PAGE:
- Build relationships with partners: When working on a small marketing team, it’s important to get a sense of your company’s entire ecosystem. And partners are a big piece of the puzzle. A podcast helps establish these connections.
- Build rapport with the leadership team at your company: B2B marketers understand the importance of involving leadership when creating content. But, building relationships with the people in charge can be tough. When you run your company’s show, you get a chance to interact with leaders and loop them into the content creation process.
- Build relationships with other people in your organization (not on your team): You need to build relationships with those in charge and those on other teams. A podcast helps break down silos and solicit feedback from all areas of your organization.
- Demonstrate your ability to deliver quality content, consistently: It can be hard to prove yourself to others outside of marketing. In a lot of cases, other teams aren’t aware of the content strategy at all. A podcast allows your team to deliver great work time & time again.
A podcast can act as the centerpiece of your content marketing flywheel by providing regular, high-quality content. The podcast can help you create and distribute other forms of content, which can help drive website traffic, social engagement, and brand awareness.
In addition, a podcast can also help you build relationships with other thought leaders in your industry. Inviting guests to your podcast allows you to tap into their audiences and create valuable networking opportunities to help your business grow.
Ultimately, the ROI of your podcast goes beyond traditional metrics and extends to the efficiency and quality of the content you create, as well as the impact on your overall content marketing strategy. By focusing on these factors, you can create a podcast that engages your audience and helps drive your business forward.
In the next section, we’ll dive into some best practices for measuring the ROI of your podcast and using these insights to improve your ongoing content strategy.
Get your metrics to work for you: Measuring and improving the ROI of podcasts
Measuring the ROI of podcasts requires a strategic approach (from the very beginning) and an understanding of the metrics that matter most to your business.
In this section, we’ll explore ways to measure the ROI of podcasts, communicate results to management, and use these insights to improve your show.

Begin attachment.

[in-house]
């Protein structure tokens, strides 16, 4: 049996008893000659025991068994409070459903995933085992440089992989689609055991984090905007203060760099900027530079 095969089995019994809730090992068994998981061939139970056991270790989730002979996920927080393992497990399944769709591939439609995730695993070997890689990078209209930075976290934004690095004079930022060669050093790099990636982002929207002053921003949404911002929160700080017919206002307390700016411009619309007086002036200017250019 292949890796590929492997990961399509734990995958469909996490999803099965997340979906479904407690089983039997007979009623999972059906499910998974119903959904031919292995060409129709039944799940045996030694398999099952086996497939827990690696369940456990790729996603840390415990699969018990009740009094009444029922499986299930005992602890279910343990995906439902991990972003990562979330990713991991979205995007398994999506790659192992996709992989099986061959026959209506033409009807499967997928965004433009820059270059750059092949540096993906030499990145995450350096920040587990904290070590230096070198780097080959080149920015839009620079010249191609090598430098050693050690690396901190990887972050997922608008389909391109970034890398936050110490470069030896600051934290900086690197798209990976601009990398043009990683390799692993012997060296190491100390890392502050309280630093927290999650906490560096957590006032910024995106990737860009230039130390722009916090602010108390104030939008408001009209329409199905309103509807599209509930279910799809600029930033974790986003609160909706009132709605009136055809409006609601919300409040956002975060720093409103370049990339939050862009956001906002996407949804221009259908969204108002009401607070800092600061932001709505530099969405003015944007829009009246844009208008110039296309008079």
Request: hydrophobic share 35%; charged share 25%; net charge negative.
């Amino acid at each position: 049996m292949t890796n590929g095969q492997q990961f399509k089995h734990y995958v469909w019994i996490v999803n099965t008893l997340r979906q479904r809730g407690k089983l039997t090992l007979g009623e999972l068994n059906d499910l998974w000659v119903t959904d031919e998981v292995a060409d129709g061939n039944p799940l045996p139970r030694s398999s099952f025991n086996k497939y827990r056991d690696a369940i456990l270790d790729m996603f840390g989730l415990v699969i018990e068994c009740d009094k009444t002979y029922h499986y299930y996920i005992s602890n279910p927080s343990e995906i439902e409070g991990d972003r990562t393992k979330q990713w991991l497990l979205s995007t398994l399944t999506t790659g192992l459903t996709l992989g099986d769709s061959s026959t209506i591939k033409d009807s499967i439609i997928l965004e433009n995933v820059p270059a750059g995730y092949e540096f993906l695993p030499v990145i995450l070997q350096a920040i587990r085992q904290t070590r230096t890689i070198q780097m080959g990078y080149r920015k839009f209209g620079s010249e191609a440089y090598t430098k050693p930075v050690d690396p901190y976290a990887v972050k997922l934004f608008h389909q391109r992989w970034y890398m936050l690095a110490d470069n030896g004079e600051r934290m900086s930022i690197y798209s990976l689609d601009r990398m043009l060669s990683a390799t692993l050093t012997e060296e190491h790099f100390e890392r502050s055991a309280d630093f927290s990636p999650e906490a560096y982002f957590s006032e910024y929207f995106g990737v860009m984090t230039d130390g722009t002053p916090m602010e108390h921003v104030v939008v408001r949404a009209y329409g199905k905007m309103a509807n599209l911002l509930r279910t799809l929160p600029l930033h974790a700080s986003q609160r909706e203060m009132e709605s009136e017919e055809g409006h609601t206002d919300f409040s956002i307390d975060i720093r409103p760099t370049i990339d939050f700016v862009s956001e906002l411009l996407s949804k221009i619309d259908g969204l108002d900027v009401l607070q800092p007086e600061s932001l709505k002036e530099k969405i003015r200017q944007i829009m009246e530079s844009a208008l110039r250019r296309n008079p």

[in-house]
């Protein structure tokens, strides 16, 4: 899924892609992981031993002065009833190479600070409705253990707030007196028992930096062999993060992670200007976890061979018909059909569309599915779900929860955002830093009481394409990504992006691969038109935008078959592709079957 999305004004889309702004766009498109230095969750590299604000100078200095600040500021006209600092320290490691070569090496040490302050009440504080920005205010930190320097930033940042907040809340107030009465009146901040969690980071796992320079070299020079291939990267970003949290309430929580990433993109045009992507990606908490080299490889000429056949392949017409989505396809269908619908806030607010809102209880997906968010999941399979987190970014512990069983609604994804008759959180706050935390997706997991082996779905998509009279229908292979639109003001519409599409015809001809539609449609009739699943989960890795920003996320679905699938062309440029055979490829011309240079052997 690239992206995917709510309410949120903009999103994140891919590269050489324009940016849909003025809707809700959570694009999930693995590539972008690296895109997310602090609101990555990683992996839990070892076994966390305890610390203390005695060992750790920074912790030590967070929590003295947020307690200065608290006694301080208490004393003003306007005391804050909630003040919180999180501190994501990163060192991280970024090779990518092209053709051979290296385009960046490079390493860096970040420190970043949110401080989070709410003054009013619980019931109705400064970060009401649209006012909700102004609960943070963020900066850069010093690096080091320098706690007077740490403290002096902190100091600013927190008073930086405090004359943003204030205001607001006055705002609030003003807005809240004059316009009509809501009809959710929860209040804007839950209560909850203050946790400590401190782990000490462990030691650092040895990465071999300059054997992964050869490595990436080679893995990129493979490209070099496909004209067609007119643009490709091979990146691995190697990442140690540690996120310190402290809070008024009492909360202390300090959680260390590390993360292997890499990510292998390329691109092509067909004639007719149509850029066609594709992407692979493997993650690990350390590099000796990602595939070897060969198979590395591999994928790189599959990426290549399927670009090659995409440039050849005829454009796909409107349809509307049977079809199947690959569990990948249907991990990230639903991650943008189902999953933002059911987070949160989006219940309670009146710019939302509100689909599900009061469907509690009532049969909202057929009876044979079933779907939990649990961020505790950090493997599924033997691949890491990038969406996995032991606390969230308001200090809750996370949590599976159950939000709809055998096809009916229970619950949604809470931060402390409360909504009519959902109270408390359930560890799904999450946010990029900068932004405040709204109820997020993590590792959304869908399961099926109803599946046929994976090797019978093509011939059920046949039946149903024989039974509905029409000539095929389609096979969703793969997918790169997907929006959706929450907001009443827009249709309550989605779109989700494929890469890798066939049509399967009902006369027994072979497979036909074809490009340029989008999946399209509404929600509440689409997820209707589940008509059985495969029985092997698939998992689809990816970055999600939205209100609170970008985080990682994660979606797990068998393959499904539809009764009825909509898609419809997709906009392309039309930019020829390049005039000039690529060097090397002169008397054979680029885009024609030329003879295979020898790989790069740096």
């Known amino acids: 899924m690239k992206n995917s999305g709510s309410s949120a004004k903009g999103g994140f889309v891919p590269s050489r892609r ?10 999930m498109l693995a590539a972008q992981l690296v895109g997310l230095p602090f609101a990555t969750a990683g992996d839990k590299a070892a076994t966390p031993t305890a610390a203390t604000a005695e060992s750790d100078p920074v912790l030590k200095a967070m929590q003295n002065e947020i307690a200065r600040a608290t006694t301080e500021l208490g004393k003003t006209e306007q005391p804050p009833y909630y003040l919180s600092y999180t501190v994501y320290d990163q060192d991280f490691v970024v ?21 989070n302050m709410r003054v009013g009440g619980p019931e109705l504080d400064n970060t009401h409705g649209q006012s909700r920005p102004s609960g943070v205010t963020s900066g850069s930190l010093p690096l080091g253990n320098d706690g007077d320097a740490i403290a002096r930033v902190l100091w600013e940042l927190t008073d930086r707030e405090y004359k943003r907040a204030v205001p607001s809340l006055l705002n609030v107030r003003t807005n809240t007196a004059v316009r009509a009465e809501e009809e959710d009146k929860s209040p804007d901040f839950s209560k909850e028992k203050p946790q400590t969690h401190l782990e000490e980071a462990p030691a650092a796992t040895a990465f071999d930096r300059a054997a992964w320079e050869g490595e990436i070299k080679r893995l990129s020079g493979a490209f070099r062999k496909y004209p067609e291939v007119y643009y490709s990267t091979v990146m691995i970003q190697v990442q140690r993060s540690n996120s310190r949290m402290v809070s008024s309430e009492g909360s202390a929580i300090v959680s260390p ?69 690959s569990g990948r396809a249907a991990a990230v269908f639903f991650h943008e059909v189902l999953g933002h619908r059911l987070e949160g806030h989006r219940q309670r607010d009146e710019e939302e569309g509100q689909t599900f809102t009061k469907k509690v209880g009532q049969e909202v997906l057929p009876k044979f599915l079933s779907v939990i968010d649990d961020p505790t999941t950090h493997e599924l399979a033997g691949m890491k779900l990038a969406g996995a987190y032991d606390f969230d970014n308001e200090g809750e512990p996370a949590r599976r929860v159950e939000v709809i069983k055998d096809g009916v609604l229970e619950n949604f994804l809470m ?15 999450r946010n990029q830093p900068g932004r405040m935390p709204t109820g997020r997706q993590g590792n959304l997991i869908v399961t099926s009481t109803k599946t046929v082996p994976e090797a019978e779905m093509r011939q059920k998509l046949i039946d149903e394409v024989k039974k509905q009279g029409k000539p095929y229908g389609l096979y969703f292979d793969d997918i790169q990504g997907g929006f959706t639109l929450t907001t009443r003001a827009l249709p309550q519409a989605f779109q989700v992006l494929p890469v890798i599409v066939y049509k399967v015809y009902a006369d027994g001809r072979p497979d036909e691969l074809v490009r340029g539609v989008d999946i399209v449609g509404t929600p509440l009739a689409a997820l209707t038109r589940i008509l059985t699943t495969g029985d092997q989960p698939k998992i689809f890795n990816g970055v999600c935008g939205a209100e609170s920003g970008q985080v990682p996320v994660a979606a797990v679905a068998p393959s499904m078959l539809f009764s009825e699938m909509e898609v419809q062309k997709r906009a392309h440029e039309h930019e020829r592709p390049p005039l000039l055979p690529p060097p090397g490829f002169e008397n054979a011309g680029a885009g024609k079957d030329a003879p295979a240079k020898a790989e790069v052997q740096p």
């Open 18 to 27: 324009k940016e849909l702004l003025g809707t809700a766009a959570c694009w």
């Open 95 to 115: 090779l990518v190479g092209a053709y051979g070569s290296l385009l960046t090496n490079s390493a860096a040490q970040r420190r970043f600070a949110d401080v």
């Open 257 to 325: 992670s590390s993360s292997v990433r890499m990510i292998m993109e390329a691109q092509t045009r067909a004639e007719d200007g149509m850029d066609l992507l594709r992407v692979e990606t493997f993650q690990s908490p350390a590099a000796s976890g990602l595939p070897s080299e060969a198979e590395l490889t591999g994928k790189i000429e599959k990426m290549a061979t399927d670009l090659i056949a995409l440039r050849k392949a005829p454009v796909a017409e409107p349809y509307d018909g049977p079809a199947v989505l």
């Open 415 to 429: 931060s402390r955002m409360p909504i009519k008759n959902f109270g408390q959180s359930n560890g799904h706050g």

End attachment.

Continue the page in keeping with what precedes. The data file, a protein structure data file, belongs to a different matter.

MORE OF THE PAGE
Set SMART goals
To effectively measure the ROI of your podcast, you need to start by setting clear and specific goals — before you ever hit the record button.
Using the SMART framework can help ensure that your goals are Specific, Measurable, Achievable, Relevant, and Time-bound. For example, a SMART goal for your podcast might be to increase website traffic by 20% within the next 6 months. Or, you might want to improve the conversion on specific PPC landing pages. Or, you might want to increase the total views your company gets on LinkedIn.
Track key metrics
Once you’ve set your goals, you need to track the key metrics that will help you measure your progress. Depending on your goals, these metrics may include downloads, website traffic, social engagement, reviews, or revenue.
By regularly tracking these metrics, you can identify areas for improvement and adjust your strategy as needed.
Adjust your strategy based on insights
Regularly analyzing your podcast metrics can help you identify areas for improvement and adjust your strategy as needed.
For example, if your social engagement is low, you might consider experimenting with different types of content or posting at different times of the day. You might try different video podcast formats or adjust episode titles, descriptions, etc.
Continuously improve your show
Finally, it’s important to continuously improve your podcast by learning from your successes and failures. Regularly analyzing your metrics, experimenting with new strategies, and soliciting feedback from your audience can help you improve the quality and impact of your podcast over time.
Try not to change too much at once; however. Pick your spots, make one or two key changes, and then analyze data again. Your audience evolves over time. And so should your podcast.
Unlock the true ROI of your company's podcast
The impact of your company’s podcast can’t be measured on metrics alone. Instead, you need to consider specific data points, qualitative feedback and the impact your show has on your company’s entire content marketing strategy.
A podcast lets your team focus on one primary input (a conversation / podcast episode) to get several authentic pieces of content.
If you continuously improve your show and track your progress with data, your podcast can help drive your company’s entire content marketing strategy. It gets the flywheel going.
So when you think about the overall ROI of your company’s show, try to look at it from a few different angles…not just downloads.
Written by Tristan Pelligrino
Tristan Pelligrino is the Co-Founder of Motion. He’s a serial entrepreneur who started his career as a consultant with large IT companies such as PwC, IBM and Oracle. After getting his MBA, he started and grew one of the fastest video production companies in the country – which was listed on the Inc. 5000. Tristan now enjoys leading the content marketing strategies of some of the most innovative B2B technology companies in the country. You can find him on LinkedIn and Facebook.